Both sweet and savory versions of strucolo, Friuli’s take on Austrian strudel, are enjoyed in the region. In either case, strucolo features a roll of dough stuffed with some filling variation. Savory strucolo is served as a primo piatto, or first course, and contains just about anything. Typical fillings include ricotta, spinach, peas, minced veal, or beef. If not baked, strucolo is rolled, tied on the ends with thread, and boiled. They may be served seasoned with melted butter and breadcrumbs or cheese. In contrast, strucolo di pomi is a popular sweet version similar to apple strudel.


Popular in Trieste, jota is a winter staple in Friulian cuisine, as this comforting stew of beans, potatoes, and tangy sauerkraut is ideal for warming up when temperatures drop. The beans and sauerkraut, known locally as capuzi garbi, are cooked with cumin, bay leaves, potatoes, and pancetta to make this thick soup. Jota exemplifies the Austrian influence on food in Friuli.


Another traditional soup of Friuli-Venezia Giulia, ideal for cooler months, is paparot, made from spinach, cornmeal, flour, garlic, and other seasonings. To prepare paparot, the butter, flour, and garlic are first sautéed with salt and pepper. Next, boiled spinach is added, along with water. Once the soup starts to boil, the polenta is added and frequently stirred. Finally, adding sausage or lard can make the soup even heartier.

Gnocchi di Prugne

Especially prominent in Trieste yet enjoyed throughout Friuli, gnocchi di prugne are plum-filled potato dumplings popular in regions once ruled by the Austro-Hungarian empire. They can be served as dessert, though gnocchi di prugne is often presented as a primo piatto in Friuli. When in season, the salted gnocchi dough is stuffed with prunes or tart plums and a mixture of breadcrumbs toasted in butter with sugar and cinnamon. Once boiled in salted water, the gnocchi is seasoned with melted butter and toasted breadcrumbs. As a result, gnocchi di prugne offers a surprisingly delicious sweet and savory dish. During the summer months, you’ll also find a version filled with cherries in the northeastern part of the region.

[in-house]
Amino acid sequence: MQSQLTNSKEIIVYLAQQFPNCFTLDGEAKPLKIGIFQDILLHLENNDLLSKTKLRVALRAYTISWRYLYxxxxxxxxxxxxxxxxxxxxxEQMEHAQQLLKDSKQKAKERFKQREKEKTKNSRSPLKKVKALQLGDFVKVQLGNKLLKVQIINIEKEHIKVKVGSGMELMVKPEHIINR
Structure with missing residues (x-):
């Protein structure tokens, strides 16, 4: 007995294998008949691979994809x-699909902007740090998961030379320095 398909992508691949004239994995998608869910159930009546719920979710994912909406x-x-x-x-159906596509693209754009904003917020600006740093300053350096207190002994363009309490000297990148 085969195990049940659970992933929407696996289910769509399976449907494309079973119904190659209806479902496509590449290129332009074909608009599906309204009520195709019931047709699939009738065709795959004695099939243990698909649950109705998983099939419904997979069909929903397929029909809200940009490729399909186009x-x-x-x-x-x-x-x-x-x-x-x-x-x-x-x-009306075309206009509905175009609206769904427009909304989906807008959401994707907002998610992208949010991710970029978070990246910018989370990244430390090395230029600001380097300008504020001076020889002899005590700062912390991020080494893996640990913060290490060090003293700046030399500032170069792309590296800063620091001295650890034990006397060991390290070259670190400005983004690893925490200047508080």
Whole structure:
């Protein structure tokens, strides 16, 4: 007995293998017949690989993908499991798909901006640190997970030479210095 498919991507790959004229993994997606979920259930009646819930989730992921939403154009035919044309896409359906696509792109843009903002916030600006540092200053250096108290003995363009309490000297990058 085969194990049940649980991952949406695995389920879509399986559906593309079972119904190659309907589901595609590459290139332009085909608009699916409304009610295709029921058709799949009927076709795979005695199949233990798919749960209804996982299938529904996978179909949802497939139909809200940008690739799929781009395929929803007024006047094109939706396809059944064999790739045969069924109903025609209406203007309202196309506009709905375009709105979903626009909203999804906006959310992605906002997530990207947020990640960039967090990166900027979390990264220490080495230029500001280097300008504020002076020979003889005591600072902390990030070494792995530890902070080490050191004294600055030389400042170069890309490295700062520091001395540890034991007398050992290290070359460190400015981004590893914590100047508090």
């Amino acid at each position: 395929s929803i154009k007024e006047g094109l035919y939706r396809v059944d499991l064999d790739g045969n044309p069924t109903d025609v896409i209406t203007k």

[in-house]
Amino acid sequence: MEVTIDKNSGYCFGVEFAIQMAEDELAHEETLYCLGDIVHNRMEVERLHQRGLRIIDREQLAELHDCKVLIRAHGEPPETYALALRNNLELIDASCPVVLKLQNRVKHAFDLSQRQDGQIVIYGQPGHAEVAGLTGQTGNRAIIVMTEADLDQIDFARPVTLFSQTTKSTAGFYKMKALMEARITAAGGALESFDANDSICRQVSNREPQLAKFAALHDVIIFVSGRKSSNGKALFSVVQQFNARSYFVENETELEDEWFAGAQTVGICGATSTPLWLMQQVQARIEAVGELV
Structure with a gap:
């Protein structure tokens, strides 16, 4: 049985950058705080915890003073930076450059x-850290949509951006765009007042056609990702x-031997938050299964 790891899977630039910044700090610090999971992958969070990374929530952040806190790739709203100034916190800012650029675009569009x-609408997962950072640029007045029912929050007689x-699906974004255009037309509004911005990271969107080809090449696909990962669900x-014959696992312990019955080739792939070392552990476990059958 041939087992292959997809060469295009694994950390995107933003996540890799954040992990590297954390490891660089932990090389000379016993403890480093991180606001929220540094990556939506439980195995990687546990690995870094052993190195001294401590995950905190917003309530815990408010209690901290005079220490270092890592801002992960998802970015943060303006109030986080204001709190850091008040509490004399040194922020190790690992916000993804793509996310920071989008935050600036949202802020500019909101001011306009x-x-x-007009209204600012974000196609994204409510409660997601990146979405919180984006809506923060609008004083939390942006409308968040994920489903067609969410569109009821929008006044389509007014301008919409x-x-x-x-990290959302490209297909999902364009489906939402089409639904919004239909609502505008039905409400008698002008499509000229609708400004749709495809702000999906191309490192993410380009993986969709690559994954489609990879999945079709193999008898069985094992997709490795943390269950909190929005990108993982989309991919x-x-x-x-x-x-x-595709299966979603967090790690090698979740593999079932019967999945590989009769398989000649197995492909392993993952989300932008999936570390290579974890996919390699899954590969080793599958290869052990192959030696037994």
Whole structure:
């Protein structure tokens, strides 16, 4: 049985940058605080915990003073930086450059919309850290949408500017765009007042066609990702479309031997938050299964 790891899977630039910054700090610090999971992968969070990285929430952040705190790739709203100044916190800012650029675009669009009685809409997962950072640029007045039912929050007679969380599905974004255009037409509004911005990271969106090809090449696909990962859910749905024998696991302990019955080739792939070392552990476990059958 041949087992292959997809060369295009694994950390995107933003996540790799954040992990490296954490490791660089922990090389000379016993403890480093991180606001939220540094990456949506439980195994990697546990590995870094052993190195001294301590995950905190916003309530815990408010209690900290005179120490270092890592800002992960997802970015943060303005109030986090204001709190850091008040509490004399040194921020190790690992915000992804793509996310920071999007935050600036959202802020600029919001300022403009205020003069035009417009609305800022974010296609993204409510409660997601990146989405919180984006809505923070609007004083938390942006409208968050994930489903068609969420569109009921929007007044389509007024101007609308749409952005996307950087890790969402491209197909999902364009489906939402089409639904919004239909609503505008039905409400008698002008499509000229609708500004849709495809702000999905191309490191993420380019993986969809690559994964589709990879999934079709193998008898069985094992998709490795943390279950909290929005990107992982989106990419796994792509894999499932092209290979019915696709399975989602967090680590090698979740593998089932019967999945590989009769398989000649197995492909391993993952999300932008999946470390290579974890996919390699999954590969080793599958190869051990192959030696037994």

Also known as cialzons, cjarsons are a filled pasta resembling ravioli and are a signature dish of the Carnia region. Potatoes are used to make the pasta dough, filled with ricotta and an array of potential ingredients, including dried fruits, apples, spices, aromatic herbs, and more. Recipes vary by household and region, with numerous sweet and savory versions. For example, cialzons della Val Gortono is made with only flour and water, plus a filling of milk-soaked bread, onions, butter, parsley, fresh ricotta cheese, and grappa. In comparison, cialzons near Arta Terme are considered a dolce, as they’re filled with apples, pears, mint, basil, prunes, chocolate, and biscuits. Traditionally, cjarsons are topped with melted butter and grated smoked ricotta.

I Girini

I girini a Friulian pasta made similarly as spätzle Tirolesi in Trentino Alto-Adige. These tiny, twisted pieces of pasta are made from an egg and flour dough pressed through a potato ricer or colander and then boiled to cook. I girini are often served with seasonal greens or other ingredients like prosciutto di San Daniele, Gorizia’s rose chicory, zucchini, and goat cheese.


Blecs, or biechi, is a pasta unique to Friuli, traditionally made with wheat and buckwheat flour. Today, regular white flour is typically used. Blecs are known for their flat triangle or square shape and are often served with rich butter and Montasio cheese sauce.